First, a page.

The Limited Liability Company is a hybrid form of doing business that combines characteristics of the corporate structure and the partnership structure. It is a separate entity like a corporation and therefore carries liability protection for all of its members/owners, but is generally taxed like a partnership which has the benefit of flow-through taxation.
The owners are called members and can be virtually any entity including individuals, corporations, other LLCs, trusts, pension plans, etc. Some states, like Iowa, permit one-member LLCs, and others do not. If you are going to do business in multiple states, it may be wise to have at least two members of the Limited Liability Company. A husband and wife are considered two members for formation purposes.
The manner in which the Limited Liability Company will be operated is set forth in an operating agreement, which is an agreement between the members. The operating agreement for a Limited Liability Company is similar to the by-laws for a regular corporation.
In many respects, a Limited Liability Company is very similar to a Sub-Chapter S Corporation. However, the Limited Liability Company provides much greater flexibility with respect to owners and the allocation of income to the owners. An S-Corporation may only have one class of stock, while an LLC may offer several classes of member ownership. Any number of entities or individuals may own interest in an LLC; however, ownership interest in an S-Corporation is limited to no more than 75 shareholders. Also, S-Corporations cannot be owned by C-Corporations, other S-Corporation, many trusts, LLCs, partnerships or non-resident aliens. LLCs are allowed to have subsidiaries without restriction, while S-Corporations are not allowed to own 80% or more of another corporation’s shares.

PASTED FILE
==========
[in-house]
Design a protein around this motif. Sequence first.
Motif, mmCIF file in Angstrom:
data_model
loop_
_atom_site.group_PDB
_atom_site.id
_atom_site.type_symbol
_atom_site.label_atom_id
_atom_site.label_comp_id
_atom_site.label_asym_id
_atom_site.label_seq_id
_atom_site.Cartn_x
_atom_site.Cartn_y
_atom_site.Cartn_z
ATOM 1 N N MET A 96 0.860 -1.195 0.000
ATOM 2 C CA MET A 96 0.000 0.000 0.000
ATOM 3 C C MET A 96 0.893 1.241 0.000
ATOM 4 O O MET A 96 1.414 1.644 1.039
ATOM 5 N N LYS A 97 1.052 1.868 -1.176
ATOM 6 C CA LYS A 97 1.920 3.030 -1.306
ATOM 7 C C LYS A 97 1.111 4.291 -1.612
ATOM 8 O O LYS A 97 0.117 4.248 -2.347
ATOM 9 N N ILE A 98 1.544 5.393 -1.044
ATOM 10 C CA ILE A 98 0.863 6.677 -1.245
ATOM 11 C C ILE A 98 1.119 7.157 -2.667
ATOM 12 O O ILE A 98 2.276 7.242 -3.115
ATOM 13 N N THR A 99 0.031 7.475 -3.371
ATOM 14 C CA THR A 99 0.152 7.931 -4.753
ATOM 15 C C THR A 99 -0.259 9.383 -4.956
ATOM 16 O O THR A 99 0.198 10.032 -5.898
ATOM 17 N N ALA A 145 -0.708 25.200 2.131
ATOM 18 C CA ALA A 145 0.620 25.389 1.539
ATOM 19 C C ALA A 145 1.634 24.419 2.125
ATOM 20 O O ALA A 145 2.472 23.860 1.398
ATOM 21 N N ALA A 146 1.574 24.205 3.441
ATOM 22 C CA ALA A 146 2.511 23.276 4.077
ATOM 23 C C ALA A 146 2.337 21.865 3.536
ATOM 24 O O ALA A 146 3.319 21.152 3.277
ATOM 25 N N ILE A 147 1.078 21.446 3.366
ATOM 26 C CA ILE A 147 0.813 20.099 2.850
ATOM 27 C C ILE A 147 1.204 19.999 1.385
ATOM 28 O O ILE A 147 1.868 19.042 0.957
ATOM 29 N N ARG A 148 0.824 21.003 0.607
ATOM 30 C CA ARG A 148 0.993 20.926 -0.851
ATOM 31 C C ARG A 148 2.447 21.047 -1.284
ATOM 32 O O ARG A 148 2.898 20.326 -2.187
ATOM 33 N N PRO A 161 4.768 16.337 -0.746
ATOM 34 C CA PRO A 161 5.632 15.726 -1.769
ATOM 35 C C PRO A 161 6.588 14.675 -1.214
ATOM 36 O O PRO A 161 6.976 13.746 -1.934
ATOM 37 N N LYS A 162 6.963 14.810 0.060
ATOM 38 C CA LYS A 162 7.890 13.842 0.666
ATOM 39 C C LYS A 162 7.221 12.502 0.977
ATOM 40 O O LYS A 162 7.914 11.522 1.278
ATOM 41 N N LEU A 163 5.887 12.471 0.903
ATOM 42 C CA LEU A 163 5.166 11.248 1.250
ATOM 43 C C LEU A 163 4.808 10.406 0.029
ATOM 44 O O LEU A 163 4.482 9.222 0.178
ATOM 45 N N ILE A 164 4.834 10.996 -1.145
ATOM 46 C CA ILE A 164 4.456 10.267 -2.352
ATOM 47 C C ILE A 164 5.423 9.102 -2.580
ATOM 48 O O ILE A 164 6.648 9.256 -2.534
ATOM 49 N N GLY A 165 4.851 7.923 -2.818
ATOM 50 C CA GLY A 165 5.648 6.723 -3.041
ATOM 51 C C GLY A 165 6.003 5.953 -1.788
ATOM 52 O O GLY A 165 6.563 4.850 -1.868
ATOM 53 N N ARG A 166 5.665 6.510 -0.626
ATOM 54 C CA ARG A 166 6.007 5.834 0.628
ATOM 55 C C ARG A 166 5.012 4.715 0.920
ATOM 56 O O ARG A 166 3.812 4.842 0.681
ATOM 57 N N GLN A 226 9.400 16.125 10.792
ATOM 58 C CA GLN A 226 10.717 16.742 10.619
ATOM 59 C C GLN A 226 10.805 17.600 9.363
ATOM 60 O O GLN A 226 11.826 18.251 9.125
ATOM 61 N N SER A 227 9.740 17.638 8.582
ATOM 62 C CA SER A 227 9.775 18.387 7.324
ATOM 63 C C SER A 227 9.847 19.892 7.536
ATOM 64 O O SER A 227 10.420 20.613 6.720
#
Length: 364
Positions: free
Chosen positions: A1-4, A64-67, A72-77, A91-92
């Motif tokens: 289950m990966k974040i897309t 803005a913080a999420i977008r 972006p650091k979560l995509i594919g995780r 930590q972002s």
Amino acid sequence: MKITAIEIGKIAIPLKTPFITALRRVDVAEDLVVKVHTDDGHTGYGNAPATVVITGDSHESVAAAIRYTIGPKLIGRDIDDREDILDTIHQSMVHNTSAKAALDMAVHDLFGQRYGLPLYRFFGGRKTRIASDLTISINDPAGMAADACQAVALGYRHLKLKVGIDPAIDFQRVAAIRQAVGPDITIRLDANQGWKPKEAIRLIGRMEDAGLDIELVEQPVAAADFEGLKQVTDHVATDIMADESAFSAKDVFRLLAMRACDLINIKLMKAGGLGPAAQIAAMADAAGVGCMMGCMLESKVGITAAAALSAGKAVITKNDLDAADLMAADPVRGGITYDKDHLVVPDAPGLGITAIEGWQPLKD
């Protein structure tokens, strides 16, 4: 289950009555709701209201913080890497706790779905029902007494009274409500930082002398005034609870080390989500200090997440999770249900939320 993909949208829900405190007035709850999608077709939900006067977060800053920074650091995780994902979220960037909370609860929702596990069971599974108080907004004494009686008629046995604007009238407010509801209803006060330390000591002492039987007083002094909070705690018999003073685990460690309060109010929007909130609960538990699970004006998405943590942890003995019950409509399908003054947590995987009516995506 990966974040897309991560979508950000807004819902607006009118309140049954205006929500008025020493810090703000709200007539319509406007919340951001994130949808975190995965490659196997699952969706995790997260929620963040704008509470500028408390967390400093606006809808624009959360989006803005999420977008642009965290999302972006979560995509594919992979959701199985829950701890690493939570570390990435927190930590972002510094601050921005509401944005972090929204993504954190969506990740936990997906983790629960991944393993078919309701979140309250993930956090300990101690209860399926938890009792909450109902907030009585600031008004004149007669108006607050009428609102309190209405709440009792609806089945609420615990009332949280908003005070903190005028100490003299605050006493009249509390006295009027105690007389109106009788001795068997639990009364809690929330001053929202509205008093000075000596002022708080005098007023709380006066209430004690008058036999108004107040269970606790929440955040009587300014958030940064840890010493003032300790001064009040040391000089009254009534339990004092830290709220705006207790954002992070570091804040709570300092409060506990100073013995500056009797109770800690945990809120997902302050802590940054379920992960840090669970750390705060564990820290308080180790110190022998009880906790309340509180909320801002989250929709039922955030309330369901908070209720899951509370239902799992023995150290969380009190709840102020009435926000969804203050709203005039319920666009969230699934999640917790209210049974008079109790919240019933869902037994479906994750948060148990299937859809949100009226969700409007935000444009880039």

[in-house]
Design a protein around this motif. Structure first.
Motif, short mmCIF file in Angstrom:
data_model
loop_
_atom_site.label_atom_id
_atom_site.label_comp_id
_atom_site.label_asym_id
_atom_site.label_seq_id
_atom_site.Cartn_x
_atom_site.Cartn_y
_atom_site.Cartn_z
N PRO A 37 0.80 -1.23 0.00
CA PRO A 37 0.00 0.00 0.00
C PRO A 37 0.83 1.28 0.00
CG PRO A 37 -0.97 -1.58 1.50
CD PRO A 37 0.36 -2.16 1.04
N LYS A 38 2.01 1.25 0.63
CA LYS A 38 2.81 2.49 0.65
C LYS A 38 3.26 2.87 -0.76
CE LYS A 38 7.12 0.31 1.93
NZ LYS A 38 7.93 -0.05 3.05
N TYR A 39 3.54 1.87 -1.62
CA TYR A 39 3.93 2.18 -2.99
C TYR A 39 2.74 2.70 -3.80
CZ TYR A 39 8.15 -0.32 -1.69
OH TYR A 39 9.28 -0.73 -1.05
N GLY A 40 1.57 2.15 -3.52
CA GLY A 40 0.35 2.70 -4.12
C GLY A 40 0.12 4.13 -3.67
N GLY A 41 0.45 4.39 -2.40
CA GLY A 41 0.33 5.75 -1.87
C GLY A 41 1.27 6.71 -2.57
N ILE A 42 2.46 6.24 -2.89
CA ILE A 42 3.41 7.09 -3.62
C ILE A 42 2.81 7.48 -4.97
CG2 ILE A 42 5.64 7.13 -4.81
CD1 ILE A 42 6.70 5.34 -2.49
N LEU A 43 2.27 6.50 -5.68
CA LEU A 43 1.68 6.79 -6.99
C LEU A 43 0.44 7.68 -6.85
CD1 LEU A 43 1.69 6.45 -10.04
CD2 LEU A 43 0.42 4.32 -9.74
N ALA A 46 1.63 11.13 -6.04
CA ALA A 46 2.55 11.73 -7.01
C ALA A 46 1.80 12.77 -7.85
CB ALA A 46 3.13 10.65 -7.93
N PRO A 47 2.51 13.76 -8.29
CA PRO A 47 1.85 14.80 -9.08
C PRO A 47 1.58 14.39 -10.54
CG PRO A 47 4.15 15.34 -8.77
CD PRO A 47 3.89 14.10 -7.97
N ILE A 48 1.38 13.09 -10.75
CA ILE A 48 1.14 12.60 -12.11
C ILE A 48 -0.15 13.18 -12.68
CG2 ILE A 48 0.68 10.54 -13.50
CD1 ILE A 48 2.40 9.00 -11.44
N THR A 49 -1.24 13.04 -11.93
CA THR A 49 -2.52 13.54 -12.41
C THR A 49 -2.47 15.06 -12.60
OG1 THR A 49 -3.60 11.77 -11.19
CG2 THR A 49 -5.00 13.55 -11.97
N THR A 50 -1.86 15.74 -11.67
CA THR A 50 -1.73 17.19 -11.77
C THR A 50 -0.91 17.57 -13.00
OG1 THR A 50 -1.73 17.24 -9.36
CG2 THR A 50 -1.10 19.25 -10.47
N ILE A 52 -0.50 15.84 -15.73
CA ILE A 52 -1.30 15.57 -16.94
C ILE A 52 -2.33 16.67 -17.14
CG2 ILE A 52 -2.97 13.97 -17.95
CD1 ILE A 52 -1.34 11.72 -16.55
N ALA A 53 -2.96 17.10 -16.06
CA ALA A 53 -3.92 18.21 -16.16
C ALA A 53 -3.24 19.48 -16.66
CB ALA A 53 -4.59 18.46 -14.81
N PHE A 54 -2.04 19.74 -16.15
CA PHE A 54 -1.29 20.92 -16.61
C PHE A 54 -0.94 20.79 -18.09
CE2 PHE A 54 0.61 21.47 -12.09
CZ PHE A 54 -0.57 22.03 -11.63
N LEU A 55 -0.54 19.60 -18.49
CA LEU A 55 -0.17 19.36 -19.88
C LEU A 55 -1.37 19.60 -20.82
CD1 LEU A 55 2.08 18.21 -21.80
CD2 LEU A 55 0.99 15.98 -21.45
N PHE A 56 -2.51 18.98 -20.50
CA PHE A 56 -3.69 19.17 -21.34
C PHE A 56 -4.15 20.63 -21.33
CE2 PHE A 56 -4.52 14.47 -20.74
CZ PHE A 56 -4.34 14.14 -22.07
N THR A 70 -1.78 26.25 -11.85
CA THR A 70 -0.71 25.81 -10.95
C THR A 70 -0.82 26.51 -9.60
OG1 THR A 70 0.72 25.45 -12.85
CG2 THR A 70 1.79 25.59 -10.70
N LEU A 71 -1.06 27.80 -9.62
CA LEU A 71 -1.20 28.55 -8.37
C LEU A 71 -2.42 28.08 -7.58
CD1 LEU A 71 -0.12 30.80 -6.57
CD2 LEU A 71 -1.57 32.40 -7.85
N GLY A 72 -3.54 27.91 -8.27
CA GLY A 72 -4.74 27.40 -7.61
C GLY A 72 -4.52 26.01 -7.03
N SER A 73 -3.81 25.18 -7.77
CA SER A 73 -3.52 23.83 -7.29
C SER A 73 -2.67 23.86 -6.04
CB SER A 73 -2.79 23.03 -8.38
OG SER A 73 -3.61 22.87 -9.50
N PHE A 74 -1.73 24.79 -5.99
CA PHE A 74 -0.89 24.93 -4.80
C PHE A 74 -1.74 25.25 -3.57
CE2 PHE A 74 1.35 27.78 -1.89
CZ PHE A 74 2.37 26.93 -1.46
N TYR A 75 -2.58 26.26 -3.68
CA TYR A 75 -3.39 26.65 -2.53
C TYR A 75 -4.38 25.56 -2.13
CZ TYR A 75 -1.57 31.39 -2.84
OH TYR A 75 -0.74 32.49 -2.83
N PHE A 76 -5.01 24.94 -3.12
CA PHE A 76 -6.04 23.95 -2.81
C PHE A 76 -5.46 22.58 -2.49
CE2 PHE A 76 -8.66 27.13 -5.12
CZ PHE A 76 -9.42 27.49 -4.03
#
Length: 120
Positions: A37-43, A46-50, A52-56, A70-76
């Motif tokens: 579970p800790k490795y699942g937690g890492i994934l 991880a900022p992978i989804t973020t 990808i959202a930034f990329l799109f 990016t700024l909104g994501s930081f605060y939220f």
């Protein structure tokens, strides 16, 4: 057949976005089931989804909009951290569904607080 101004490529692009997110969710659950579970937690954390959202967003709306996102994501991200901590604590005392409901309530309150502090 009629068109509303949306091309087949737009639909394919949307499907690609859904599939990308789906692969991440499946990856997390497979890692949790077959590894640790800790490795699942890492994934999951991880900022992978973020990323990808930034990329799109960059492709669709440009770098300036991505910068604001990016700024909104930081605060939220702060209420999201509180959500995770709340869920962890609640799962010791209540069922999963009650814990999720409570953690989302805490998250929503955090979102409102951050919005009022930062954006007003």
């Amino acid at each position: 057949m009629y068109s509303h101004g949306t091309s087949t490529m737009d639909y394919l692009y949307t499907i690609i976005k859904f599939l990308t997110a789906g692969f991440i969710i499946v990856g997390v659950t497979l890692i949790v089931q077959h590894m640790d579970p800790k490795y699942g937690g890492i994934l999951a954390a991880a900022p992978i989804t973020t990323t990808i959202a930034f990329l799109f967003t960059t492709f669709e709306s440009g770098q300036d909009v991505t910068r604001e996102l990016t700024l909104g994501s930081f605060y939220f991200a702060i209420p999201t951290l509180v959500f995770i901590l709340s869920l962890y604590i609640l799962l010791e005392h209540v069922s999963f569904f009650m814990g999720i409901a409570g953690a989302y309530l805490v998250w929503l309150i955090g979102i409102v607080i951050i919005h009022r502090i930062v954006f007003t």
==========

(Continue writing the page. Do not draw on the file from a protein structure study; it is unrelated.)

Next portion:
Like a regular corporation, the primary advantages of forming a Limited Liability Company is the liability protection the corporate entity affords its members (shareholders with respect to a regular corporation). The members of a Limited Liability Company are not liable for the debts and obligations of the company. By comparison, in any Sole Proprietorship or Partnership, the owner’s personal assets may be used to pay debts of the business. Another advantage relates to the on-going existence of the company. If an owner of the company dies or wishes to sell their interest, the corporation can continue to exist and do business. If an owner of a Sole Proprietorship or Partnership dies, generally the business or partnership also terminates.
Unlike a regular corporation, the wages paid to the members of a Limited Liability Company will be subject to self-employment tax; however, self-employment tax may be avoided on members who do not participate in management.
Click here for more information on forming a limited liability company in Iowa.